McDonald’s earnings fall; changes afoot to woo customers

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McDonald’s isn’t lovin’ it, and it’s going to do something about it.

The world’s largest hamburger chain reported falling earnings and sales for its fourth quarter on Friday and says it is going to take action this year to save money and bring customers back. This includes slowing down new restaurant openings in some markets.

The Oak Brook company’s stock rose slightly in morning trading because its earnings beat Wall Street expectations.

An important sales measure fell in all of McDonald’s major markets because of economic uncertainty, a food-safety scandal in China and the changing tastes of diners.

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Chief financial officer Peter Bensen said in a statement that McDonald’s has a 2015 capital expenditure plan of about $2 billion and is targeting fewer restaurant openings in its most challenged markets.

“We believe this lower level of capital spending is prudent while we work to regain our business momentum and improve the sales and profitability at our more than 36,000 restaurants around the world,” he said.

For the period ended Dec. 31, McDonald’s earned $1.1 billion, or $1.13 per share. That compares with $1.4 billion, or $1.40 per share, a year earlier.

Excluding 9 cents per share for a supplier issue, earnings were $1.22 per share.

The results beat Wall Street expectations. The average estimate of analysts surveyed by Zacks Investment Research was for earnings of $1.20 per share.

Revenue fell to $6.57 billion from $7.09 billion. This fell short of the $6.73 billion that analysts polled by Zacks expected.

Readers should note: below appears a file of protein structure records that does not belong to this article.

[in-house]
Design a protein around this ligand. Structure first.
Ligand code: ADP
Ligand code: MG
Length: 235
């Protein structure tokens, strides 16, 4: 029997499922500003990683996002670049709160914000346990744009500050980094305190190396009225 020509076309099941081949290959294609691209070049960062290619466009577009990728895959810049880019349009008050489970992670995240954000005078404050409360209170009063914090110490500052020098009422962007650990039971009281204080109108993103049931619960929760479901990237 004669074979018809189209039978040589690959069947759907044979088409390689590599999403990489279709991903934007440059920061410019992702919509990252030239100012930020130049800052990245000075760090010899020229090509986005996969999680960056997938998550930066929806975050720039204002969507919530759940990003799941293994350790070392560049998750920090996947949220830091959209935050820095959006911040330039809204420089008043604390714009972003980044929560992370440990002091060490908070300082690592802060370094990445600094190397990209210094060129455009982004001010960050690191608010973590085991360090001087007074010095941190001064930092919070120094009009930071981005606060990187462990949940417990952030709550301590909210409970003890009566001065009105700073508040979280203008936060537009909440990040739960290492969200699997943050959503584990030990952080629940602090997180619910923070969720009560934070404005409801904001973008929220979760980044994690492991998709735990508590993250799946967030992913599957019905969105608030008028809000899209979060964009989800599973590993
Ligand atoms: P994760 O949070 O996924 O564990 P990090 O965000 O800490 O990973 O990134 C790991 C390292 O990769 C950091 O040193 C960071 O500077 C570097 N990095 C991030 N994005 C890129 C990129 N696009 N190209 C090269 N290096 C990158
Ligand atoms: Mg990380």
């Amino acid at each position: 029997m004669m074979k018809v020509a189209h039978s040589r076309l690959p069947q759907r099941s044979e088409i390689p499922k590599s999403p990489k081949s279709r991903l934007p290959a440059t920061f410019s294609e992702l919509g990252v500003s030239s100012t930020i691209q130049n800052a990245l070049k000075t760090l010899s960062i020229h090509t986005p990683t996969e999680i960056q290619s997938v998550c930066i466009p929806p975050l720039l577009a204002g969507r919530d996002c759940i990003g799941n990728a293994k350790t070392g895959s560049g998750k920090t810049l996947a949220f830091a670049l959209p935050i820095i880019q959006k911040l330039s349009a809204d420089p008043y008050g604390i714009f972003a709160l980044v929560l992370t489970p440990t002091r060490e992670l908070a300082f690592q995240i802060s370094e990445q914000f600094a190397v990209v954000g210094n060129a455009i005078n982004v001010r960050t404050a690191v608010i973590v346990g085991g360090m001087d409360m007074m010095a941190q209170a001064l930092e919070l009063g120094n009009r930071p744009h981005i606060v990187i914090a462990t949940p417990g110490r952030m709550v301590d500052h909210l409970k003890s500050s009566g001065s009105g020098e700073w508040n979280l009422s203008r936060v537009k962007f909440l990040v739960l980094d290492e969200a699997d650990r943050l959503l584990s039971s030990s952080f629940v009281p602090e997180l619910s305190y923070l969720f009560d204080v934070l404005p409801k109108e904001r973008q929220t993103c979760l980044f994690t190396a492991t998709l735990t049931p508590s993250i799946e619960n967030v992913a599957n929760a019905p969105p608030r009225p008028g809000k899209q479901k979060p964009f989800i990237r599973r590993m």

Sales at locations open at least 13 months edged down 0.9 percent on weaker traffic. In the U.S., the metric declined 1.7 percent on fewer customer visits, tough competition and increased expenses.

Since late 2012, McDonald’s has twice replaced the president of its flagship U.S. division while fighting to hold onto customers. The company is dealing with competition on a number of fronts, including convenience stores that are selling more food and smaller chains such as Chipotle that market themselves as being of higher quality.

In hopes of changing negative perceptions about its food, McDonald’s recently invited customers to ask questions about its ingredients and sourcing. It also launched a new marketing campaign intended to play up the “loving” in its “I’m Lovin’ It” slogan and associate its name with that positive emotion.

The company is also trying to simplify its menu, and offer people greater flexibility in customizing orders. It plans to offer an option that lets people build their own burgers on a touchscreen in 2,000 of its 14,000 restaurants sometime this year.

McDonald’s is also simplifying its menu and focusing more on local tastes to bring customers back.

In Europe, sales at locations open at least 13 months fell 1.1 percent, hindered by softness in France and Germany and consumer confidence issues in Russia and the Ukraine.

The figure dropped 4.8 percent in the Asia-Pacific, Middle East and Africa segment because of the impact of a supplier issue on sales and profitability in China, Japan and some other markets.

Last year an undercover TV report in China showed one of McDonald’s major suppliers repackaging meat that was alleged to be expired. The claim has not been publicly confirmed by the supplier or the government. The plant stopped operations, and many of McDonald’s restaurants in the country were left unable to sell burgers, chicken nuggets and other items. The chain’s reputation took a hit as well.

Bensen said that McDonald’s is still on track with its goals for 2014 through 2016. These include returning $18 billion to $20 billion to shareholders through dividends and stock buybacks; refranchising at least 1,500 restaurants and reallocating resources to higher growth initiatives.

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